Patients receiving omidubicel also spent less time in hospital following transplant.
Transplantation with omidubicel yields faster neutrophil and platelet engraftment, as well as fewer early bacterial and viral infections and less time in hospital compared with standard umbilical cord blood transplantation (UCBT) in patients with hematologic malignancies, according to data from a phase 3 trial (NCT02730299) published in Blood.1
The median time to neutrophil engraftment—the primary end point of the study—was 12 days (95% CI, 10-14) in the omidubicel arm compared with 22 days (95% CI, 19-25) in the control arm (P <.001). In addition, patients treated with omidubicel had a 55% platelet recovery by 42 days post-transplant compared with a 35% recovery in the placebo group (P = .028).
“We are pleased that the data from this well-conducted international Phase 3 trial have been published in Blood, the highly respected, peer-reviewed journal of the American Society of Hematology,” said Ronit Simantov, MD, chief medical officer, Gamida Cell.2 “The robust results of this clinical trial have demonstrated that omidubicel could provide an important new option for patients with hematologic malignancies in need of a bone marrow transplant.”
Investigators analyzed data from 125 patients (median age, 41) with acute lymphoblastic leukemia, acute myelogenous leukemia, chronic myelogenous leukemia, myelodysplastic syndrome, or lymphoma who were randomly assigned to omidubicel or standard UCBT between January 2017 and January 2020. All patients received myeloablative conditioning and graft versus host disease (GvHD) prophylaxis with a calcineurin inhibitor and mycophenolate mofetil. In addition to superior neutrophil and platelet recovery, patients who received omidubicel also had a 37% incidence of first grade 2/3 bacterial or invasive fungal infections compared with 57% in the placebo group (P = .027), and spent a median of 61 days out of the hospital in the first 100 days following transplant compared with 48 days in the placebo group (P = .005). There were no statistically significant differences in GvHD and survival between the 2 arms.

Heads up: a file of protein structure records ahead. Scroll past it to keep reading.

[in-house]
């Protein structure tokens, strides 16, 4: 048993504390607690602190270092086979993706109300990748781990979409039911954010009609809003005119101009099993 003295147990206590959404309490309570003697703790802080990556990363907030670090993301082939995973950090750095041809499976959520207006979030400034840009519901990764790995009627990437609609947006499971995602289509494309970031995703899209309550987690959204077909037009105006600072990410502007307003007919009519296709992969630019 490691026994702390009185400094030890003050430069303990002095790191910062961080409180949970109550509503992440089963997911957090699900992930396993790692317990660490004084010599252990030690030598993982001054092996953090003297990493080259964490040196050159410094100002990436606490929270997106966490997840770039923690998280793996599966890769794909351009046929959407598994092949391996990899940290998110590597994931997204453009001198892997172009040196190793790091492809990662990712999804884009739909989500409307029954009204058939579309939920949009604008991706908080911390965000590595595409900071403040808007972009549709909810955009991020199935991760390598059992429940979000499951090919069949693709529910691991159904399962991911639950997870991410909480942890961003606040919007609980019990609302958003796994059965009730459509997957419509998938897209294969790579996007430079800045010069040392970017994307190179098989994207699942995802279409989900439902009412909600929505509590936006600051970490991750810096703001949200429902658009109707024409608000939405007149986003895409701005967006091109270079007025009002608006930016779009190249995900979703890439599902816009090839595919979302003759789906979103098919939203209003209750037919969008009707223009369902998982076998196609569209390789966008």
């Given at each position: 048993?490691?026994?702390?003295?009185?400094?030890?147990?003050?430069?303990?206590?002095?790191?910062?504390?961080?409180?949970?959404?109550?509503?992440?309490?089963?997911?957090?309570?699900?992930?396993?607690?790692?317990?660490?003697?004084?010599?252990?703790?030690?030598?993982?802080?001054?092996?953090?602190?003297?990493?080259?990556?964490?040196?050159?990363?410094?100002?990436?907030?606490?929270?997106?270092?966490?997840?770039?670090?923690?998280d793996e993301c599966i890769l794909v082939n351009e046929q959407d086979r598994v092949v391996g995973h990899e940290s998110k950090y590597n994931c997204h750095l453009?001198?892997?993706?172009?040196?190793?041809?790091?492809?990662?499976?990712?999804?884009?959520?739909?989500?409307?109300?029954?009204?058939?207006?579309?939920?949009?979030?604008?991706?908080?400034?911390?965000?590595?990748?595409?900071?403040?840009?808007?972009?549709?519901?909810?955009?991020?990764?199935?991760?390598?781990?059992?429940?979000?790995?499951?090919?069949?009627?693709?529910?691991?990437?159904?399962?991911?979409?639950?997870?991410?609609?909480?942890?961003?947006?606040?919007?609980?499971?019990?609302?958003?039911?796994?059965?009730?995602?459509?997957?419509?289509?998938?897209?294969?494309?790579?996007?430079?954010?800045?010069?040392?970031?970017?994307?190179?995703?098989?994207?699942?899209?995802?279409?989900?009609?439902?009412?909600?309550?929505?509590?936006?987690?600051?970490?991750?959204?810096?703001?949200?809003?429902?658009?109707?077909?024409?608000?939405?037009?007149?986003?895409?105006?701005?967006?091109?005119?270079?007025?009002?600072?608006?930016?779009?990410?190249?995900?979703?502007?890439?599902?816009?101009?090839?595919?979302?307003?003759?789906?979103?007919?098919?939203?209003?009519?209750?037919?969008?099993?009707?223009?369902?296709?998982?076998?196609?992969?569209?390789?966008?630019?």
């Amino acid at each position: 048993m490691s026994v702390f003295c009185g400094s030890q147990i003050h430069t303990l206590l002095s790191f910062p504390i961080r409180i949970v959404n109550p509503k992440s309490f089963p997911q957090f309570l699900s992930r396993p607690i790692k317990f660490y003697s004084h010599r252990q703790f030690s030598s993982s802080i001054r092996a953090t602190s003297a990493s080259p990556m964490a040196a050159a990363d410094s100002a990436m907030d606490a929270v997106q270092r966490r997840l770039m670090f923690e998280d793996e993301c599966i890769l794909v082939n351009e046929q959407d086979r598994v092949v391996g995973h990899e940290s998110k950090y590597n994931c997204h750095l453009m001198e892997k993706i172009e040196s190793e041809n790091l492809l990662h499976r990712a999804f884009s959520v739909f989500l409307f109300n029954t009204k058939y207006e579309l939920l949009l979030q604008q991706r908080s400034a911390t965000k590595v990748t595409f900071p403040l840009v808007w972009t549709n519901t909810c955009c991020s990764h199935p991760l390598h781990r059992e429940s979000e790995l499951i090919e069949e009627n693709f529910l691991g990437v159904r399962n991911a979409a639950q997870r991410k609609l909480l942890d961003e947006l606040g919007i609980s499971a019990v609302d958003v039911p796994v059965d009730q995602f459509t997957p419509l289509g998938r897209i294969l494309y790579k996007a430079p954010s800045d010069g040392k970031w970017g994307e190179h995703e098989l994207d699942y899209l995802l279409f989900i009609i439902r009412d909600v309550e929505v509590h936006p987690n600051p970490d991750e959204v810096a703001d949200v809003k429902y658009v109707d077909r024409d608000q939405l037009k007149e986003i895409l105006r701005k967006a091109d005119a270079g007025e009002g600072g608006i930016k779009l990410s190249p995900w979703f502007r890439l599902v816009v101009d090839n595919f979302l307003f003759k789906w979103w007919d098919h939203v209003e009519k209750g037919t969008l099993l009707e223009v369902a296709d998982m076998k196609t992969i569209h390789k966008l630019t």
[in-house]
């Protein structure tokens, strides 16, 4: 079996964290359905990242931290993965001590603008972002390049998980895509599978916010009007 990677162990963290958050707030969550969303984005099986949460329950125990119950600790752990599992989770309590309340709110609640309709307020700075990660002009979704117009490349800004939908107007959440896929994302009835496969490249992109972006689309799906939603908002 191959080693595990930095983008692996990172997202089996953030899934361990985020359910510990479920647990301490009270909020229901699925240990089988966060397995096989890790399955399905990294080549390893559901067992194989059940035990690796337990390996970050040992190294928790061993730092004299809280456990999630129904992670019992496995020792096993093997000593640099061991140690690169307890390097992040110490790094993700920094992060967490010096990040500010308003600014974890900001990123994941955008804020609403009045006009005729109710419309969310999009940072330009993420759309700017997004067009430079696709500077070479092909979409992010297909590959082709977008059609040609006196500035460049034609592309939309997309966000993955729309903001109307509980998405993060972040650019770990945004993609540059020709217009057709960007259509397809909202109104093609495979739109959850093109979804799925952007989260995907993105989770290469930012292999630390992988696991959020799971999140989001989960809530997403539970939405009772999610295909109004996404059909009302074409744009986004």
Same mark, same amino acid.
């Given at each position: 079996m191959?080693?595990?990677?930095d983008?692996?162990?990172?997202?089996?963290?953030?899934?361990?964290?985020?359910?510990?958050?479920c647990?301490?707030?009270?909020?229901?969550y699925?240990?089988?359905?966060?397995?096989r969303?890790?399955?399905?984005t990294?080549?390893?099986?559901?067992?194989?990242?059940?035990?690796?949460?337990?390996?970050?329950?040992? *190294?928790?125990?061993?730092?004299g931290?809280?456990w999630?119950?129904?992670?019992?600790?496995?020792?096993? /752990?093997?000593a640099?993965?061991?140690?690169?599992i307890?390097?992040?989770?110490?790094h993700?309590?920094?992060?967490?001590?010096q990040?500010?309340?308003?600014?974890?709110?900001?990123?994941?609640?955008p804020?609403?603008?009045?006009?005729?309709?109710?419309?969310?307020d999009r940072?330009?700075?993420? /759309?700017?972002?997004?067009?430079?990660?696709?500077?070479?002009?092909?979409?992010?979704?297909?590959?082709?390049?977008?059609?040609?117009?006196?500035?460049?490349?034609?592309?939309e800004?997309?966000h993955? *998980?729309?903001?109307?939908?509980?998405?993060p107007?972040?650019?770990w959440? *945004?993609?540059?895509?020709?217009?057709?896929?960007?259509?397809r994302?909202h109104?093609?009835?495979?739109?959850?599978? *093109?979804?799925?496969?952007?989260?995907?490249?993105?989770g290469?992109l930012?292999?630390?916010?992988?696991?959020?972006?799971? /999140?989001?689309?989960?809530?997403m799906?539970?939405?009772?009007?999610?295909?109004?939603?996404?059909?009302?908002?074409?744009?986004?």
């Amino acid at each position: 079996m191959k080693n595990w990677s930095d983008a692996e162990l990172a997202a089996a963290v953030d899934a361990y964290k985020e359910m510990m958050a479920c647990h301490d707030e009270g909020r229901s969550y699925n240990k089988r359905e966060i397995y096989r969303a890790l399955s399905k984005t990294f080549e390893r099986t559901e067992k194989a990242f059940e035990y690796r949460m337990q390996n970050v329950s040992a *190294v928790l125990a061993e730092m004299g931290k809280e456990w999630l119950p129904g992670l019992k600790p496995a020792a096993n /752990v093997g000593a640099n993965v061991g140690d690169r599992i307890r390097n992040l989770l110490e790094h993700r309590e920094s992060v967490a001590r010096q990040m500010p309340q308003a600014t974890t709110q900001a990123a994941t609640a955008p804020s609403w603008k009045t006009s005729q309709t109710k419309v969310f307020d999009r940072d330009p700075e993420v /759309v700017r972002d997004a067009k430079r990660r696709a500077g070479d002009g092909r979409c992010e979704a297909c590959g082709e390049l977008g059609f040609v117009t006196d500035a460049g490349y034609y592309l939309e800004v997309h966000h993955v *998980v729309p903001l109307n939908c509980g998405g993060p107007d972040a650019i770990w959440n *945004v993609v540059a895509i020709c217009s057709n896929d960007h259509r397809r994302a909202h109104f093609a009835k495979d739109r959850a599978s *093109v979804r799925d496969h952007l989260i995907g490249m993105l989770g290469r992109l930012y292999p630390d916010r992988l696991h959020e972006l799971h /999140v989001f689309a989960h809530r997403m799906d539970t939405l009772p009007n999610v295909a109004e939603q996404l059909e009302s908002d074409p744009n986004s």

Further analysis revealed that patients receiving omidubicel had half the risk of grade 2 and 3 infections compared with those who received standard UCBT (risk ratio, 0.5; P <.001). No statistically significant differences were observed in incidence of grade 3/4 acute GvHD between omidubicel (14%) and control (21%) arms or incidence of all grades of chronic GvHD at 1 year (omidubicel, 35%; control, 29%). Non-relapse mortality was 11% among those in the omidubicel group versus 24% for those in the control group (P = .09).
“Previous studies have shown that engraftment with omidubicel is durable, with some patients in the Phase 1/2 study now a decade past their transplant. The Phase 3 data reinforce omidubicel’s potential to be a new standard of care for patients who are in need of stem cell transplantation but do not have access to an appropriate matched donor,” said Mitchell Horwitz, MD, lead author of the paper and a professor of medicine at the Duke Cancer Institute.2
Based on these data, Gamida Cell intends to submit a Biologics License Application to the FDA in the fourth quarter of 2021.
In an interview with GeneTherapyLive, Julian Adams, PhD, chief executive officer, Gamida Cell, discussed the potential of omidubicel as an alternative to bone marrow transplant in leukemias and lymphomas, as well as the company’s pipeline and approach to developing cell therapies. Watch below.